The Black Belt Community Foundation (BBCF), Hope Credit Union (HOPE) and several partners including the Alabama Power Foundation have announced the creation of a program that will give numerous Alabama cities and counties immediate access to capital for COVID-19 response needs.
State law requires cities and counties in Alabama to seek reimbursement for COVID-related expenses to access their share of a $250 million allocation provided through the federal CARES Act. This presents a challenge for many cities and counties that do not have the money to make the needed purchases up front.
The Black Belt Community Foundation COVID-19 Access Program was created to address the need of access to capital for cities and counties within Alabama’s Black Belt. The Black Belt, named for its fertile soil, cuts a swath across south-central Alabama and is home to some of the state’s poorest communities.
Under the program, HOPE will provide BBCF with a line of credit, allowing the nonprofit to make recoverable grants to cities and counties in amounts of $50,000 or less at a time for the purchase of reimbursable COVID-related items. BBCF will require confirmation from state government that the expenditures are reimbursable before the grant is made and will allow only one recoverable grant to be outstanding at a time.
The program targets 16 low-wealth counties (Bullock, Butler, Choctaw, Clarke, Conecuh, Dallas, Greene, Hale, Lowndes, Macon, Marengo, Monroe, Perry, Pickens, Sumter and Wilcox) and small towns, which may not have the cash on hand to make COVID-19 response related purchases and, as a result, may delay the procurement of essential goods or services to protect local residents.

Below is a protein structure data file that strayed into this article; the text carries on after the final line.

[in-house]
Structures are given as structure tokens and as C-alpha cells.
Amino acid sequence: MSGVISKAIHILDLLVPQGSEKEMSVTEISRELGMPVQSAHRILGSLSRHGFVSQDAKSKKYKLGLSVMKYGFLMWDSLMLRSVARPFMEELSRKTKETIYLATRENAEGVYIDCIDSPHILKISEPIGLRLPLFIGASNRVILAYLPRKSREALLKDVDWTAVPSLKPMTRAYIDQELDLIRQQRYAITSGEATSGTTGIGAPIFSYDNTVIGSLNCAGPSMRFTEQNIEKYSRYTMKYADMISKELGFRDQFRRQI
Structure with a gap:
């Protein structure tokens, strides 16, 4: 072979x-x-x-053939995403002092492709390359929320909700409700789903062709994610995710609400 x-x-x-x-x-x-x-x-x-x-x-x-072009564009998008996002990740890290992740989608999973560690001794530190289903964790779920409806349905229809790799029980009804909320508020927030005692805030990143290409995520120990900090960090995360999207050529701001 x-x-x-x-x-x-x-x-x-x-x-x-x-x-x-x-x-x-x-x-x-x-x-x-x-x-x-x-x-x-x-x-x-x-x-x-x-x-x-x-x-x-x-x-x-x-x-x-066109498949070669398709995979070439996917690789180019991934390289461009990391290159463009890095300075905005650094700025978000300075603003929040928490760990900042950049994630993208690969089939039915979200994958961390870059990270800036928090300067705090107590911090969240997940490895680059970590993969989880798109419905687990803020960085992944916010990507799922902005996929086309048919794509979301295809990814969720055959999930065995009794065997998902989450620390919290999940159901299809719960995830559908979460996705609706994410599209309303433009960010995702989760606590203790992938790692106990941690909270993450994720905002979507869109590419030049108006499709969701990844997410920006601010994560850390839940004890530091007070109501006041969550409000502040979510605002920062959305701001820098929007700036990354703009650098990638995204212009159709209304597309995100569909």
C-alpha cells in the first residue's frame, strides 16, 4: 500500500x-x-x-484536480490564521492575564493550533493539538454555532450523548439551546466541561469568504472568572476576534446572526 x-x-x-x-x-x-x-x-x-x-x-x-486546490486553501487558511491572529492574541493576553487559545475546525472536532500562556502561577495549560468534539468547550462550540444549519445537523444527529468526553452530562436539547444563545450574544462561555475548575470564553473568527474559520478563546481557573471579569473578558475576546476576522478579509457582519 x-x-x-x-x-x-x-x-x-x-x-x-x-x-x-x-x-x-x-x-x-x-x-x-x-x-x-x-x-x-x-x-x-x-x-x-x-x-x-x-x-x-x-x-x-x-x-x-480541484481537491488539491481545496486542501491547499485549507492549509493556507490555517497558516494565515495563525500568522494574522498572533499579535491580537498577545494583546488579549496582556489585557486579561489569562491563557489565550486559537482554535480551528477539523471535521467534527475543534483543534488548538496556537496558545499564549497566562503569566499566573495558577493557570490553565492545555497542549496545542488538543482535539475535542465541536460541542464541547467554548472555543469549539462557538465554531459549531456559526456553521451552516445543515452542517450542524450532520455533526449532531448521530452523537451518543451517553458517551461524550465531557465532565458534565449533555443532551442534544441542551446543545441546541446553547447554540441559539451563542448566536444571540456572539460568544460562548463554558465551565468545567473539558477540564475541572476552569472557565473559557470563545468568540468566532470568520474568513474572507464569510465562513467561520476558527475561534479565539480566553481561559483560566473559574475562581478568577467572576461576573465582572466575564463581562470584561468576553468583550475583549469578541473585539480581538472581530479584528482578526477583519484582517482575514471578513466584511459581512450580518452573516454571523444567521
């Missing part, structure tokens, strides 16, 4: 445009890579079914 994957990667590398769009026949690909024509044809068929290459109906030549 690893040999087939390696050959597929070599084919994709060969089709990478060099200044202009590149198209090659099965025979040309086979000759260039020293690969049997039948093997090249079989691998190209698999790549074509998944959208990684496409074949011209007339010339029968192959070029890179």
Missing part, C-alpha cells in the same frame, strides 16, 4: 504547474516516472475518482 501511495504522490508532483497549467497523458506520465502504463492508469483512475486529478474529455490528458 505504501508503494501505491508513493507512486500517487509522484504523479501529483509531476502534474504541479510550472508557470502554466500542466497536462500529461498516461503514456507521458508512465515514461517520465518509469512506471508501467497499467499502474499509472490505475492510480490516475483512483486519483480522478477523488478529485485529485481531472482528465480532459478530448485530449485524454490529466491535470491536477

“We know that not every community has the capacity to access CARES funds made available by reimbursement. In order to qualify for help, a community must spend its funds to be reimbursed. If those funds don’t exist, then residents are at a disadvantage in the fight against COVID,” said Felecia Lucky, president of BBCF.
Kendra Key, senior vice president of Community and Economic Development for HOPE, said the program is another way for HOPE to reach underserved people and places.
“The Black Belt Community Foundation COVID-19 Access Fund represents exactly how corporations, philanthropy and the nonprofit sector should be working together to create economic opportunity and advance racial justice,” Key said. “Through this innovative partnership, small, communities of color will have access to much needed funds to quickly purchase the necessary equipment and services to navigate the pandemic and to keep their residents healthy and safe.”
Alabama Power Foundation President Myla Calhoun credits the program with serving not only as a mechanism to access capital but as a model to serve communities creatively.
“This program is the result of a collaborative effort to identify practical solutions that address community needs and provide a sustainable model for under-resourced communities to access resources,” Calhoun said. “It represents the Alabama Power Foundation’s commitment to empower nonprofits and businesses with the resources they need to create social and economic change in their communities.”
Uniontown Mayor Jamaal Hunter said the program has assured his town access to CARES funding.
“Without this, the money available to help us would just sit on the table. We don’t have enough money in our coffers to begin the work needed now and be reimbursed later. Now, we can put together our plans to be able to get the needed PPEs and begin the vital work in the community.”
Other partners working to provide program resources are Regions Foundation, The Educational Foundation of America, Altec/Styslinger Foundation, Medical Properties Trust, Protective Life Foundation, Mike and Gillian Goodrich Foundation.
BBCF has worked for 16 years in a 12-county service area in the Black Belt, providing more than $5 million in grants to support more than 450 community-led initiatives. HOPE (Hope Enterprise Corporation, Hope Credit Union and Hope Policy Institute) has generated more than $2.5 billion in financing that has benefited more than 1.5 million people in Alabama, Arkansas, Louisiana, Mississippi and Tennessee.